The production of the cards also turned out to be more complex than Daniel and I first realized. Both card decks have five parts: the card, the box, an instructional folder, a set of stickers to decorate your box, and a shipping container that would take all parts safely to our customers.

We had to deal with production in China, shipping to Denmark, customs, and initial batches with stained printing—which all helped to postpone the project a bit more.

Figuring out how to use the cards

Through years of practising UX, I’ve found that both persuasive patterns and UI patterns help establish a shared design vocabulary. By distilling complex concepts of both psychology and user interfaces into digestible bits, alternative solutions are easily communicated, help end feature debates, and spark new ideas.

It’s one thing to build upon a shared understanding of design concepts; it’s another to use them effectively. To help our future users get a head start, I set out to methodically test various workshop exercises. With inspiration from innovation powerhouses like IDEO and Frog Design, from various coaching frameworks, and from workshop participants during testing, these exercise tips produced great results again and again:

  • Define the behavioral goals of your desired outcome up front. This will ensure that you truly design with purpose and intent.
  • If you’re stuck, reversing the problem will help you redefine your problem space. If your goal is to get people to spam less, then exploring the question “What if we were to make people spam?” It will help discover alternative solutions, probably closer to the root cause of the actual problem.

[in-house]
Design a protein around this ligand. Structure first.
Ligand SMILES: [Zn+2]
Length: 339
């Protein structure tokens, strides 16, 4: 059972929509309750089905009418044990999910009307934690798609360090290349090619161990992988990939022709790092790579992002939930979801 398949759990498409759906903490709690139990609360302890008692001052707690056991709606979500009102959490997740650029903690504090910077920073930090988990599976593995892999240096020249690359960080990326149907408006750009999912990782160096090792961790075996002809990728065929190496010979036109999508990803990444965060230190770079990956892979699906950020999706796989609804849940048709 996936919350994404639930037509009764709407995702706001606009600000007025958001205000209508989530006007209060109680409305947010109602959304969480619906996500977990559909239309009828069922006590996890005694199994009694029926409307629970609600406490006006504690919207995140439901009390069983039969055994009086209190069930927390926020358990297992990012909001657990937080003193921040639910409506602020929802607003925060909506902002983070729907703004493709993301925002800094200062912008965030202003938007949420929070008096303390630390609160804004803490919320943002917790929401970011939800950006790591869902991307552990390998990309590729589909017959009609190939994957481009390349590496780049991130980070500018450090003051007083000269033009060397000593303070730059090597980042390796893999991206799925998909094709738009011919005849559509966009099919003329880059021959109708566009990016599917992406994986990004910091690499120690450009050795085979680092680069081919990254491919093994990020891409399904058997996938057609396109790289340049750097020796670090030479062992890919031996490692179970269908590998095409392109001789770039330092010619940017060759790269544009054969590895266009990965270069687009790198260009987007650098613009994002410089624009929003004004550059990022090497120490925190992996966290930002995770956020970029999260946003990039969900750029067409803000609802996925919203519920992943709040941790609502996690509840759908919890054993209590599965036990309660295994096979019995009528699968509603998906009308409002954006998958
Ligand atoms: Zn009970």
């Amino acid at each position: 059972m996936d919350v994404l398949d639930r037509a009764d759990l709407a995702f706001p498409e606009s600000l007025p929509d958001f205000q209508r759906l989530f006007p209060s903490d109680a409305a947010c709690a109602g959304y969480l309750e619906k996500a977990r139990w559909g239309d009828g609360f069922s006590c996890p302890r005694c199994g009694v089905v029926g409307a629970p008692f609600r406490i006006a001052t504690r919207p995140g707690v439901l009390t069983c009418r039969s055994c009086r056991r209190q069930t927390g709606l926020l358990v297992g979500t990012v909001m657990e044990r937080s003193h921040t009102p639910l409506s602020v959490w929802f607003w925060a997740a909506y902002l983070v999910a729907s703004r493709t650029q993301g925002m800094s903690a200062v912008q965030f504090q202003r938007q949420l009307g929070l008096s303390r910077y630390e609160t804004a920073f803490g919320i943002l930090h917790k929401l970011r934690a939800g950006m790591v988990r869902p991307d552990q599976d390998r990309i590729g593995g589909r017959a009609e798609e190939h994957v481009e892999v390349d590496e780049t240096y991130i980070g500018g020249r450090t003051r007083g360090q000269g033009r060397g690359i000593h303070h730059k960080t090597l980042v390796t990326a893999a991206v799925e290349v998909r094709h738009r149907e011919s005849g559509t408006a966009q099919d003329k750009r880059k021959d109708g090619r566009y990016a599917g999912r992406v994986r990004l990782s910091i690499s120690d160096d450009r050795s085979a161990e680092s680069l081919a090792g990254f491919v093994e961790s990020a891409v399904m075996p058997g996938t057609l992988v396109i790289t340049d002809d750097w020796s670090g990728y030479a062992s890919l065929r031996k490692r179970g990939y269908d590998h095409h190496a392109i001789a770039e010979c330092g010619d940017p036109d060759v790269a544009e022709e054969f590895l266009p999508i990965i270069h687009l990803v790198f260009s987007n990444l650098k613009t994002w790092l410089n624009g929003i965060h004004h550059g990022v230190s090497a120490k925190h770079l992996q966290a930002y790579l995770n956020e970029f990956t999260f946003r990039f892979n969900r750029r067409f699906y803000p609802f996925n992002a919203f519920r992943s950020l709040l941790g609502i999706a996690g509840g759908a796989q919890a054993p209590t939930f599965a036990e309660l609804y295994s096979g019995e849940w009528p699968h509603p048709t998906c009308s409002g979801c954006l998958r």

• Too often, the problem we’re trying to solve isn’t the real problem. Try solving the problem from the opposite perspective. If your problem is to get enough users, then consider what you would do if that wasn’t the case—if you truly did have enough users.

The final product

The final product finally shipped in June 2016, a couple of months late. We are stoked about the final result.

Photograph of the persuasive patterns deck stacked to the left of the UI patterns deck.
Photograph of both decks of cards fanned out on a flat surface.

Photograph showing both decks of cards in their storage boxes.

Did you already try them?

If you already got hold of a card deck of your own, we would love to hear how you have used it. We are still discovering new ways to best apply persuasive design and hope to refine our product further in the future. If you have experienced the power of persuasive design, we would love to hear from you to discover new ways to develop our card decks in the future. Drop me a line on twitter.

Here’s What May Sound Like a Crazy Idea

Build a command line option into your next user interface.

Some of you techies may be reading this and thinking, “Yes! I live in a command window all the time on my computer.” Well, I’m not really thinking about you as my target audience. I’m talking more about applications used by everyday people outside the IT industry.

Hear me out.